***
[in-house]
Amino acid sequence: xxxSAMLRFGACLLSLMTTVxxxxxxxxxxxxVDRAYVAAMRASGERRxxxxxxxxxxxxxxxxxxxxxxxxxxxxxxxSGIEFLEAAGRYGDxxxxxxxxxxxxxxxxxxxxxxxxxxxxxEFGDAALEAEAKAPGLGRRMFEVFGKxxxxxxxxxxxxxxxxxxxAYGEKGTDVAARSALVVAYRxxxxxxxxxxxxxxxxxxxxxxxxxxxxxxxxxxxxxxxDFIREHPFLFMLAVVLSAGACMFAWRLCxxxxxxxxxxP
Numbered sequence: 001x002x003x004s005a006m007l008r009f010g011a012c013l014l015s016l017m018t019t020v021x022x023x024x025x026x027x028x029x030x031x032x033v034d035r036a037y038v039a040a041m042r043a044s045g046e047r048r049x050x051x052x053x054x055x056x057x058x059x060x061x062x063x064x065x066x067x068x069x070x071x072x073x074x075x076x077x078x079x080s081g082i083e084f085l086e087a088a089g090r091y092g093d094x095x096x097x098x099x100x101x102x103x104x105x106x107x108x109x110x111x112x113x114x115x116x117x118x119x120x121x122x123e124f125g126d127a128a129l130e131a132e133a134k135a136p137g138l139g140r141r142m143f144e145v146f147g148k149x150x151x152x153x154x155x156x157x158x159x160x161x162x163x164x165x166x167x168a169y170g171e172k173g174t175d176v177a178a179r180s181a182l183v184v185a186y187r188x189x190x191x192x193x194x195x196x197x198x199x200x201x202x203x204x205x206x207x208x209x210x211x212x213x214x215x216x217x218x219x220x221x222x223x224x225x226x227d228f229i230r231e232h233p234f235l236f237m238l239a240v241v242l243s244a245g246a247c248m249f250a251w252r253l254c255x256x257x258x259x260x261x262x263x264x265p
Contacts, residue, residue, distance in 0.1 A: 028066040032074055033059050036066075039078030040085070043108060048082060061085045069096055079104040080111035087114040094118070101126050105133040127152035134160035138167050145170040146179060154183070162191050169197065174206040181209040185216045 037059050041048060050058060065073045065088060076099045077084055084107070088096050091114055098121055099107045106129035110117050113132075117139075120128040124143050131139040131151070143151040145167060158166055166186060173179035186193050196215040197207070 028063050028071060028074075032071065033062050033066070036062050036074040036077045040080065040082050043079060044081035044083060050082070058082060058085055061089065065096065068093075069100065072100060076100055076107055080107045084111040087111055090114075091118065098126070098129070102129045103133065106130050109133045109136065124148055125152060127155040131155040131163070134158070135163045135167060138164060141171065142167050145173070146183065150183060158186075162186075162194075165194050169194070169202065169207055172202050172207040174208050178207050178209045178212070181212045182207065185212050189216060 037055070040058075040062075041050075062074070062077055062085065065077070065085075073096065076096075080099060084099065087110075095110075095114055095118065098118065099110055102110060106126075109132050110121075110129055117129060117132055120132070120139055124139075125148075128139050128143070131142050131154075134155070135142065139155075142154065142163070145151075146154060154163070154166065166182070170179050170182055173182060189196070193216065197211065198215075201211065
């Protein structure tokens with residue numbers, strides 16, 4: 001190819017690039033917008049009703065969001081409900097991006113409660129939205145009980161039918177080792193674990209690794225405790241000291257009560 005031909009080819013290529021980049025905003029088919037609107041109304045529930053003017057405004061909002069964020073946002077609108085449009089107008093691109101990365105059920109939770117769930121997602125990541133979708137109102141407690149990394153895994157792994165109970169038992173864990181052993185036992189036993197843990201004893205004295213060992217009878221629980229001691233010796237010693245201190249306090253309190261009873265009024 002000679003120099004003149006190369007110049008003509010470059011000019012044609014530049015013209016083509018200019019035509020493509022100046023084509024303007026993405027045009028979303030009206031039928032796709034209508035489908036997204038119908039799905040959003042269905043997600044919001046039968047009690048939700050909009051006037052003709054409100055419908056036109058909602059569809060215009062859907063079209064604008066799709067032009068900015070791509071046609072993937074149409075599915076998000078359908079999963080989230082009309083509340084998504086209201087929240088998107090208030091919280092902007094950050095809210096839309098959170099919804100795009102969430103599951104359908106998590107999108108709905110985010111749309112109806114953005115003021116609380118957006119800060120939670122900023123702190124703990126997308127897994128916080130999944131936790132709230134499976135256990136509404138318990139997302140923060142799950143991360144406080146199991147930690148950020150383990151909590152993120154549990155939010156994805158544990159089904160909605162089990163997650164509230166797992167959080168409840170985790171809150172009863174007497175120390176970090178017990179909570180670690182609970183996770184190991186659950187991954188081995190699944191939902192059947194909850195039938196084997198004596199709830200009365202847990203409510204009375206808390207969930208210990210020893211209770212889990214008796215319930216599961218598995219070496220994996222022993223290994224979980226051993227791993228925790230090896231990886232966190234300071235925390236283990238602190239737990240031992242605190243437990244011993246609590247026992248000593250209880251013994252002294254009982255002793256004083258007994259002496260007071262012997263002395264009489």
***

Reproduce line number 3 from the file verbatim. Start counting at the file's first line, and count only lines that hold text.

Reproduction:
Numbered sequence: 001x002x003x004s005a006m007l008r009f010g011a012c013l014l015s016l017m018t019t020v021x022x023x024x025x026x027x028x029x030x031x032x033v034d035r036a037y038v039a040a041m042r043a044s045g046e047r048r049x050x051x052x053x054x055x056x057x058x059x060x061x062x063x064x065x066x067x068x069x070x071x072x073x074x075x076x077x078x079x080s081g082i083e084f085l086e087a088a089g090r091y092g093d094x095x096x097x098x099x100x101x102x103x104x105x106x107x108x109x110x111x112x113x114x115x116x117x118x119x120x121x122x123e124f125g126d127a128a129l130e131a132e133a134k135a136p137g138l139g140r141r142m143f144e145v146f147g148k149x150x151x152x153x154x155x156x157x158x159x160x161x162x163x164x165x166x167x168a169y170g171e172k173g174t175d176v177a178a179r180s181a182l183v184v185a186y187r188x189x190x191x192x193x194x195x196x197x198x199x200x201x202x203x204x205x206x207x208x209x210x211x212x213x214x215x216x217x218x219x220x221x222x223x224x225x226x227d228f229i230r231e232h233p234f235l236f237m238l239a240v241v242l243s244a245g246a247c248m249f250a251w252r253l254c255x256x257x258x259x260x261x262x263x264x265p